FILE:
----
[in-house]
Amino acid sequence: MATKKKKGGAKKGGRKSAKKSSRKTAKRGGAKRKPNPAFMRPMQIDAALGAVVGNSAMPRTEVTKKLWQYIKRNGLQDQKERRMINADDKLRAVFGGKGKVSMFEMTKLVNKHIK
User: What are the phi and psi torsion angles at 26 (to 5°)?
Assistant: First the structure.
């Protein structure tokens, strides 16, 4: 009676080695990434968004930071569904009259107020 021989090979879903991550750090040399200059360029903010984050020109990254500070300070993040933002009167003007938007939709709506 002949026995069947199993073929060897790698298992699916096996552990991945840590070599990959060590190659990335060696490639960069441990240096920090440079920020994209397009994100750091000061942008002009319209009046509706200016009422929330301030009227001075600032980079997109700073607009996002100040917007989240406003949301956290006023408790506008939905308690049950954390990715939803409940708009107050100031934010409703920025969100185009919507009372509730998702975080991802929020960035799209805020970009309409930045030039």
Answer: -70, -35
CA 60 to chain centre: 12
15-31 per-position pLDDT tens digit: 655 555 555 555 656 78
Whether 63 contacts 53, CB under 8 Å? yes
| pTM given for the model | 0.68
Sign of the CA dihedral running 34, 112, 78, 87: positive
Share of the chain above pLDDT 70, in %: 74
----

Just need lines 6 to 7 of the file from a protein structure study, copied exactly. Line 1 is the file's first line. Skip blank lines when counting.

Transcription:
Answer: -70, -35
CA 60 to chain centre: 12